As in all pteropods locomotion is effected by the wings. Sinking is accomplished by the simple retraction of the wings. Active movements are horizontal and vertically upwards. Usually the wings move synchronously, beating from caudo-ventral to dorso-cranial. With regard to the wing attachment, this is the ineffective beat where the effective beat goes the reverse way. The ineffective upward beat has no influence on the movement of the body as the wing tip is brought upwards in a line quite near the body. The effect of the downward movement is in first instance caused by a twist of the wing at the narrowest point, quite near the body, in such a matter that the ventral surface is directed caudally and secondly by the fact that the wing is curved somewhat caudally. In studying movements in the forma minuta, Morton (1958) found that the upward movement has also an effect. The entire wing movement described by Morton is more complicated than in the forma limacina, by the same principle, but it gives somewhat different components. Movements are rather quick compared to less streamlined species like Limacina retroversa. This form feeds exclusively on Limacina (Clione l.l. limacina feeding).
The hyperiid amphipod, Hyperiella dilatata, uses living specimens of the present species as a chemical defence system (McClintock and Janssen, 1990).

Practical importance

Clione limacina limacina forma limacina can occur in high numbers so that it forms an important food source for fish and whales in the N-Atlantic, for Balaena mysticetus it is a principal food source. The species is named "krill" by Norwegian whalers, this is the same word as used for Euphausia superba in Antarctic waters.

Distribution

Found in the N-Atlantic and N-Pacific Oceans, this area is called the "Clio Region" by Gran (1902); he found associated with this forma: Ceratium arcticum and Limacina helicina. See the Clione l.l. limacina map. In the plankton of this "Clio Region" influences were found from Labrador elements, Boreal oceanic, Temperate neritic, Arctic neritic and Boreal neritic elements. The forma limacina is, however, a boreo-oceanic element, when it penetrates shallow waters, as described by Bigelow and Sears (1939) for the area of Cape Cod, reproduction is sometimes not executed. Most authors, however, found juveniles and reproduction to also occur in shallow waters. The different formae represented by this species are explained by the stenotherm character of the populations (cf. Manteufel, 1937). For the forma limacina a temperature range of -1.7° to +6.2°C was found.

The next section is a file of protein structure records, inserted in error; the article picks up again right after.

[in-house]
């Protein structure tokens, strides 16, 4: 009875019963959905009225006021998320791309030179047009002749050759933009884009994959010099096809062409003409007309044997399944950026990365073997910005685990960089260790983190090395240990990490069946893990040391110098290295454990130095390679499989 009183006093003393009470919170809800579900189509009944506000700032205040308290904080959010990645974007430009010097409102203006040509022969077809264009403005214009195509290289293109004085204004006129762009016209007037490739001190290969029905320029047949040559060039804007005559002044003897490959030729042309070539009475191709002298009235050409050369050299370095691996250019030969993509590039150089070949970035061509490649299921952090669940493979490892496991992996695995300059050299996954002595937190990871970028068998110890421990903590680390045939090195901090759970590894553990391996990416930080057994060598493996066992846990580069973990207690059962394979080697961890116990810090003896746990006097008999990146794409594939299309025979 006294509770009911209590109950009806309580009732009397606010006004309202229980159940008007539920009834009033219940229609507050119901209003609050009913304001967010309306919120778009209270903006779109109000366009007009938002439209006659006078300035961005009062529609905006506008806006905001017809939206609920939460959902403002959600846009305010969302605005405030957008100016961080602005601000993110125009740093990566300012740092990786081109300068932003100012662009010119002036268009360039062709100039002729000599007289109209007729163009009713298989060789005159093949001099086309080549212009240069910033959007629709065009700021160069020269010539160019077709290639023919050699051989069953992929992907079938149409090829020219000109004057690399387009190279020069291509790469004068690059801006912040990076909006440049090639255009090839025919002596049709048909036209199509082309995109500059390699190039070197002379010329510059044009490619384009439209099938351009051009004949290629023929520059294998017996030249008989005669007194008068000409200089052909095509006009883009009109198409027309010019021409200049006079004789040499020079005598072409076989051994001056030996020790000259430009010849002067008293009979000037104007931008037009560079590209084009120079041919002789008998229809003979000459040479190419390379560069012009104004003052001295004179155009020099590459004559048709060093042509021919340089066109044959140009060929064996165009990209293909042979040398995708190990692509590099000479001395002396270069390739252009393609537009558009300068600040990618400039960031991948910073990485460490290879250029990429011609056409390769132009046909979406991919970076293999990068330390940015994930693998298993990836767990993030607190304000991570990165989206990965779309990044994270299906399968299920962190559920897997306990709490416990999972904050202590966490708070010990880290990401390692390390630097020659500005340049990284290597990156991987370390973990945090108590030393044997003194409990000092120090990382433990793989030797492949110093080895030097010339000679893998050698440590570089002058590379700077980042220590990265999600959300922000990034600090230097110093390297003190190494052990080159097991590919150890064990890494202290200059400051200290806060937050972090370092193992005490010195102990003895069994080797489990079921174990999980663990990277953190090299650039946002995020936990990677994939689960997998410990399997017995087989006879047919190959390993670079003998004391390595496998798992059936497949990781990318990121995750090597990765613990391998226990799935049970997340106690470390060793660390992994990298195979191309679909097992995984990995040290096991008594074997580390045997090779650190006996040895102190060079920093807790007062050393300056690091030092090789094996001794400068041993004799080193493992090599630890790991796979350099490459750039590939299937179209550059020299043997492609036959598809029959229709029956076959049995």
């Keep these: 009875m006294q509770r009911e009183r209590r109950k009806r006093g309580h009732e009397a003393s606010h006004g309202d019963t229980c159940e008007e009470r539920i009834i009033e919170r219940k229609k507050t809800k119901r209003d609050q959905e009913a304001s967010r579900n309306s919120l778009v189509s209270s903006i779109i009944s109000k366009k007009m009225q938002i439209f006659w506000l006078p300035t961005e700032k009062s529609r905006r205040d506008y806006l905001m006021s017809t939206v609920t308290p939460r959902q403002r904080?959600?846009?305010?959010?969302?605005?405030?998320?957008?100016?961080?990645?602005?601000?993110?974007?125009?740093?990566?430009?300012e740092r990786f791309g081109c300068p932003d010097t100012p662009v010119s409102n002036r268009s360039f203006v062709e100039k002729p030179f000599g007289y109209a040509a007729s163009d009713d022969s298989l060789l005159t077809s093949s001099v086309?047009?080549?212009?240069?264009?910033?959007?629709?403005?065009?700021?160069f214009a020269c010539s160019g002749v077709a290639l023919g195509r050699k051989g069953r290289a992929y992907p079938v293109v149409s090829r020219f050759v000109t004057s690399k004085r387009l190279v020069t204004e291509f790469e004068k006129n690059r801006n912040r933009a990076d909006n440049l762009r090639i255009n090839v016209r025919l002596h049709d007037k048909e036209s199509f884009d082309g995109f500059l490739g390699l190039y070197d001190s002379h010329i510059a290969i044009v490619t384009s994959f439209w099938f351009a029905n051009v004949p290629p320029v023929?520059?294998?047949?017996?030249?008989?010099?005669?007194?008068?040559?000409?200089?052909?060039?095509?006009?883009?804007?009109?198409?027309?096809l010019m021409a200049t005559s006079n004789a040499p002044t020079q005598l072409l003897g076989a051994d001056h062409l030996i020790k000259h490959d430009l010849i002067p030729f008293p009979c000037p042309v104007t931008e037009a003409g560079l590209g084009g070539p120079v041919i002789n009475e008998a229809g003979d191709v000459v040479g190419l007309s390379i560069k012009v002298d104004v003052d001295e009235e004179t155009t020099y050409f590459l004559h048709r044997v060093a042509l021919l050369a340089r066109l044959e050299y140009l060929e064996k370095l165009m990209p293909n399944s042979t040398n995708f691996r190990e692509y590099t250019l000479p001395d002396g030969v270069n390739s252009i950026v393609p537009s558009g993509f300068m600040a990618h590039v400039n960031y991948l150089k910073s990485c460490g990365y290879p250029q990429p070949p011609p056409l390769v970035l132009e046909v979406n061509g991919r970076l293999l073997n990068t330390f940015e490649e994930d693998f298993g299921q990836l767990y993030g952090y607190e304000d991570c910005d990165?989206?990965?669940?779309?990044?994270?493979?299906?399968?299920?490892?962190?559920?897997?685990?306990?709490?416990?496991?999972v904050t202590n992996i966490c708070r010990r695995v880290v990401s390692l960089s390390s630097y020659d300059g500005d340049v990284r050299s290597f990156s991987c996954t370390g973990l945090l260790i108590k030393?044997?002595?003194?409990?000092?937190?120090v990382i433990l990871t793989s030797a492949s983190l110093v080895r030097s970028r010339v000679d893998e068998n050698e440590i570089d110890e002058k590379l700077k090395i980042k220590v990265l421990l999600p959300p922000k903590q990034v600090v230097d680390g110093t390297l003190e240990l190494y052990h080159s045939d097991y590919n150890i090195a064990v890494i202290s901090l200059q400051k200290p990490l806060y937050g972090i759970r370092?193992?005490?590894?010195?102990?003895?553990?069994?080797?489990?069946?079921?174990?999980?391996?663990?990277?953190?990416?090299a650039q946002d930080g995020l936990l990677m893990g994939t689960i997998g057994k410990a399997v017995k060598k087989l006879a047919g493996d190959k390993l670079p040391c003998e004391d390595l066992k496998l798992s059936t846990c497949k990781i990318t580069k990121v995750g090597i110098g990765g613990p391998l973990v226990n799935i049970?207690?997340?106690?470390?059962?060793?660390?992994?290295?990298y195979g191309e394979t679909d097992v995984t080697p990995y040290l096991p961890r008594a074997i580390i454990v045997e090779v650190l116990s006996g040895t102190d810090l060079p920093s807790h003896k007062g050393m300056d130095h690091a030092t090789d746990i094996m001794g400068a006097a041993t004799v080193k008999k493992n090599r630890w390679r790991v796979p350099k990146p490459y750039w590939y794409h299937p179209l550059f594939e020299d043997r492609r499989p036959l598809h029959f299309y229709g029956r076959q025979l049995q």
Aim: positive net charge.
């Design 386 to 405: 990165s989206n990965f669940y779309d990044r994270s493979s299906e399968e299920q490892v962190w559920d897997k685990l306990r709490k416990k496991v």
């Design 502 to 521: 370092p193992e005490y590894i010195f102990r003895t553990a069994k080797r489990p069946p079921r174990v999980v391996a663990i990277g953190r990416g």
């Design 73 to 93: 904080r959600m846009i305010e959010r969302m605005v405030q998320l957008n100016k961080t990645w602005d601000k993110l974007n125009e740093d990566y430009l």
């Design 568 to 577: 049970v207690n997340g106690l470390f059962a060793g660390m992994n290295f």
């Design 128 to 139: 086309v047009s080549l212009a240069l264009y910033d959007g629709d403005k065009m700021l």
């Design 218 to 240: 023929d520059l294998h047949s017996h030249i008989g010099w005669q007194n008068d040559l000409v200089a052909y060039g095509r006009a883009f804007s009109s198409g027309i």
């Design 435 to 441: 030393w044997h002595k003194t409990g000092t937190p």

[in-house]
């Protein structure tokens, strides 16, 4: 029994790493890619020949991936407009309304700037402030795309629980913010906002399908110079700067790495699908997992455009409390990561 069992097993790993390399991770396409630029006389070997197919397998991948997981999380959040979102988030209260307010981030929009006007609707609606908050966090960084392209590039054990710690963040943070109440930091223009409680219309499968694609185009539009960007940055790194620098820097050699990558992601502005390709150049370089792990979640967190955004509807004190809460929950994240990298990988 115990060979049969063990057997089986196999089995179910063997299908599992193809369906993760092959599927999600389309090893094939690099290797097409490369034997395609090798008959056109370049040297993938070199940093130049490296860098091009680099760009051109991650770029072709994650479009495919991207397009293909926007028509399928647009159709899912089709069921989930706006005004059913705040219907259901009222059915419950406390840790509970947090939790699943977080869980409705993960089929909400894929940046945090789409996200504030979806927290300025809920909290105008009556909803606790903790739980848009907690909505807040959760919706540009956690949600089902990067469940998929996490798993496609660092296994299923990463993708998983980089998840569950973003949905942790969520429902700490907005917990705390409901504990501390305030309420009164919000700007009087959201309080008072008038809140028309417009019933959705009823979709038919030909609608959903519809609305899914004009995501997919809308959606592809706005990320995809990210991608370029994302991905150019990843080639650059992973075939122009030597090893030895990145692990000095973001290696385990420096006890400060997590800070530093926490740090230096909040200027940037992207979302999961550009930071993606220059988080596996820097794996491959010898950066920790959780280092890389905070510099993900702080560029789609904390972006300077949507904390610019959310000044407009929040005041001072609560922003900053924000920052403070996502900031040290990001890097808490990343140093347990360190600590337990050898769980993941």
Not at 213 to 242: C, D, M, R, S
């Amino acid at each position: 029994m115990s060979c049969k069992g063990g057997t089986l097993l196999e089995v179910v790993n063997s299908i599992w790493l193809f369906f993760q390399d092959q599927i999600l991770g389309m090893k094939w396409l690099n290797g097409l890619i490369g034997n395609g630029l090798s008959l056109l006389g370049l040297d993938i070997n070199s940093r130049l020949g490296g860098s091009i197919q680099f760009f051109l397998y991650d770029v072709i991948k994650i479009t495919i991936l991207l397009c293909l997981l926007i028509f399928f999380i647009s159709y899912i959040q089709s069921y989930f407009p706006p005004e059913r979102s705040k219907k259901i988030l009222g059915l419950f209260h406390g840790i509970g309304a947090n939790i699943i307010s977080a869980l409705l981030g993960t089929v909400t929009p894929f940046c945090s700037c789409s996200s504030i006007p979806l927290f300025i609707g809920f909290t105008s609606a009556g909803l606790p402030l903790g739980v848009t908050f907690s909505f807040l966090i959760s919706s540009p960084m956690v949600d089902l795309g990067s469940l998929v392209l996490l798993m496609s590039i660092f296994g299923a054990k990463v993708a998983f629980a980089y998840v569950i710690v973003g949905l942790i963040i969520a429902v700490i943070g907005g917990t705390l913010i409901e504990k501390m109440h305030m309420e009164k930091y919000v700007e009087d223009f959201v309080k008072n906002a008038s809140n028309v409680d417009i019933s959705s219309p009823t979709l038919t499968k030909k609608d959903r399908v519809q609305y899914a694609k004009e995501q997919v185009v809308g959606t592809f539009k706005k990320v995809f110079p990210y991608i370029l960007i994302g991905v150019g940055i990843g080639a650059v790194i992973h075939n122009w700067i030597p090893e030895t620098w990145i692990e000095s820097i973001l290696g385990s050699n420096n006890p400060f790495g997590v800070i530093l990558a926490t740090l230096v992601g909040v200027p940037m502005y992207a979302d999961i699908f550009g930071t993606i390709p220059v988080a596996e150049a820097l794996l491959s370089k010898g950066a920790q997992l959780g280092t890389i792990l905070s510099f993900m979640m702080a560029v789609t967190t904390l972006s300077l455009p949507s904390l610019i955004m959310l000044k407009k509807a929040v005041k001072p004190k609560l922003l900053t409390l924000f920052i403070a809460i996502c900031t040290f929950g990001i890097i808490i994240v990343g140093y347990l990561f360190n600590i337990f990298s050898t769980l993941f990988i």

The forma minuta is the second representative of this species also found in the N-Pacific Ocean. The forma meridionalis is typical of deeper waters of the southern part of the range of the species. The formae gracilis, elegantissima and filifera are all restricted to the Boreal N-Atlantic. The horizontal and vertical distribution of the formae is too incompletely known to draw conclusions on the taxonomic status of these taxa and on their zoogeography.
In the northern part of the North Sea between 57°N-59°N and 0°W-3°W population fluctuations of apparently the forma minuta were studied by Glover (1957). This forma appeared to be absent or rare in the years 1947-1950, but common in the years 1951-1955. In the latter period the seasonal maximum was found earlier each year, respectively in late August (for 1952), in early August (for 1953), in late July (for 1954) and in late June (for 1955). The first appearance of this forma in the northern North Sea is about three months later than in the Atlantic Ocean for the same years, so it is possible that it migrates from the Atlantic to the North Sea. After the postlarvae appeared, shelled larvae were found. These shelled larvae had in all probability arised from the first post-larval peak in July 1953 and they give rise to the second post-larval peak in August 1953.
The subspecies antarctica is circumpolar and found in the Subantarctic and Antarctic together with Clio pyramidata forma sulcata, Limacina helicina subsp. antarctica, Spongiobrancheae australis and Sagitta gazellae.

Other

Neurosecretion is described for this species (see the References under key word 'neurophysiology').

Types

Types and type locality unknown.

Clione limacina limacina limacina